Many years ago (21 years, 9 months as of this post), I used some as-of-then only slightly out of date equipment to record a one week time lapse of the cats’ litter box.
I found the video on a CD-ROM (remember those?) and thought I’d see if it was still usable. It wasn’t – Quicktime had abandoned support for most of the 1990’s era codecs, and as it was pre-internet, there just wasn’t any support any more. I had to fire up my old Mac 9500, which booted just fine after years of sitting, even if most of the rubber feet on the peripherals had long since turned to goo. The OS9 version of QT let me resave as uncompressed, which of course was way too big for the massive dual 9GB drives in that machine. Youtube would eat the uncompressed format and this critical archival record is preserved for a little longer.
Yes, how could you not be sure that when somebody offers to host your personal data for free on their servers that nothing could possib-lie go wrong. Uh, PossibLY go wrong.
URL shortening services have discovered international TLDs because they aren’t as jammed as .com where every combination of 5 or fewer characters and every word in the English language is registered at a parking site. Some new ones (t.co) have found pretty good short domains.
I found that RWGUSA.net is a great resource for registering domains around the globe – not only do they let you register all the easy ones in the table below, but they also have a way to register more complicated ones that require in-country support (for a fee).
Then all you need is a wildcard dictionary search and some patience to find a cute short domain. Check out the list below:
I discovered TwitterFeed and I was happy. It does a nice job of formatting blog entries to tweets. I set it up then went back to it later after I changed my login for twitter and whoops. You can only log in with OpenID.
Uh oh. OpenID. Why? Why do this? It is a solution in search of a problem. It is very clever and worse than useless. It must be a support nightmare. So instead of having my browser automagically insert my passwords (and instead of having my browser’s convenient password store “show passwords” option to help me figure out what they are all in one convenient place) I have to remember some random URL from a totally random company I’ve never heard of, do not have any reason to trust, and would never use for anything else.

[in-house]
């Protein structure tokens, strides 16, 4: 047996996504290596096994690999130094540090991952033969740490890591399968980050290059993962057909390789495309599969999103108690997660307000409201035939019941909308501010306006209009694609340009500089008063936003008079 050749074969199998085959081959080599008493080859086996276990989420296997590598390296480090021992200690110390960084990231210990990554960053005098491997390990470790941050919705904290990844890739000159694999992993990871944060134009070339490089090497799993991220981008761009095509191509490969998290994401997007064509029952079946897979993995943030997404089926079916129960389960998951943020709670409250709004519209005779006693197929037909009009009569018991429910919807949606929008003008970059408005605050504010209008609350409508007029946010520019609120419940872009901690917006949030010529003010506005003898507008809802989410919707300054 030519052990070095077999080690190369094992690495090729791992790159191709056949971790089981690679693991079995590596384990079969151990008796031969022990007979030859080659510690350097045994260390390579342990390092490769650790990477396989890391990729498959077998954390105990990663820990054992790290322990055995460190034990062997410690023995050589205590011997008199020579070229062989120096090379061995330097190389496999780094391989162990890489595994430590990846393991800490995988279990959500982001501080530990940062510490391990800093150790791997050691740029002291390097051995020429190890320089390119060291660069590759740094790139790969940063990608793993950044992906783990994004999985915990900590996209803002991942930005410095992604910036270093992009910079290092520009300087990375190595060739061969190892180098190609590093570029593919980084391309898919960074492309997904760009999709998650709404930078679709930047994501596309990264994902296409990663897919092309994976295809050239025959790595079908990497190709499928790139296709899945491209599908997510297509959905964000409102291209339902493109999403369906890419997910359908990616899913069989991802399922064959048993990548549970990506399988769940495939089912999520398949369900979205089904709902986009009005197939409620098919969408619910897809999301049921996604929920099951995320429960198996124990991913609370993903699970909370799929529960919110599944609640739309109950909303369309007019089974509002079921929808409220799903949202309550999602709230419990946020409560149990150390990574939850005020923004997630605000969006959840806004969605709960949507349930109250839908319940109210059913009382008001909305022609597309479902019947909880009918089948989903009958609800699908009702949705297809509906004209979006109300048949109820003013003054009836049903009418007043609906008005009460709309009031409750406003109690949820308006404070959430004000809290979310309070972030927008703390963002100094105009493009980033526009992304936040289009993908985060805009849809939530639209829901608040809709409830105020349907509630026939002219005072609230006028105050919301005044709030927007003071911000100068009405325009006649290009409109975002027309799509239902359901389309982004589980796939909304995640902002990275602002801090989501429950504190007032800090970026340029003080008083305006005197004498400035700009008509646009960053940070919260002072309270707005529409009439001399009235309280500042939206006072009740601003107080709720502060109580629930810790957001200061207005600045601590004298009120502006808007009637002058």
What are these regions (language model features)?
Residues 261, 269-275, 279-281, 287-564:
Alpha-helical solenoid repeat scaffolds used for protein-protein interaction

Security! Plus they use some idiotic picture picker thing instead of a password. Why? Why?
These things are great in theory, but worse than useless in practice.
Simple username/password login. Browser remembers it for me. Sign up once, done.
Of course this makes me enter my username and password for my twitter account, but I’m signing up with hellotxt so I’m already trusting them with a user/pass combination and at least I know something about them and I’m trading some security for some function, unlike the OpenID provider that’s just creepily asking to be my Big Id Brother to vouch for me when I go to the bar (and what happens when vidoop’s lights get turned out or the servers fail? No more logins?)
Anyway, hellotxt has a service called hellotxtfeed which uses a feed as input and then ping.fm like syndicates it out to all your hungry fans on every service who are just waiting with baited breath to hear how your most recent poop came out.
In the end though, I prefer having things run on my own servers because even if hellotxt isn’t a single point of failure like vidoop yearns to be, most “pre-revenue” companies don’t make it. So I use a nice clean open source solution: Alex King’s excellent TwitterTools plug in. It has a lot of great features for bidirection integration between blogs and twitter including the digest posts it is creating on this site. The only bug I’ve found is that sometimes twitter.com seems to reject login. For me it has just cleared up randomly, so I’m happy enough to assume it is twitter.com, at least as long as it continues working.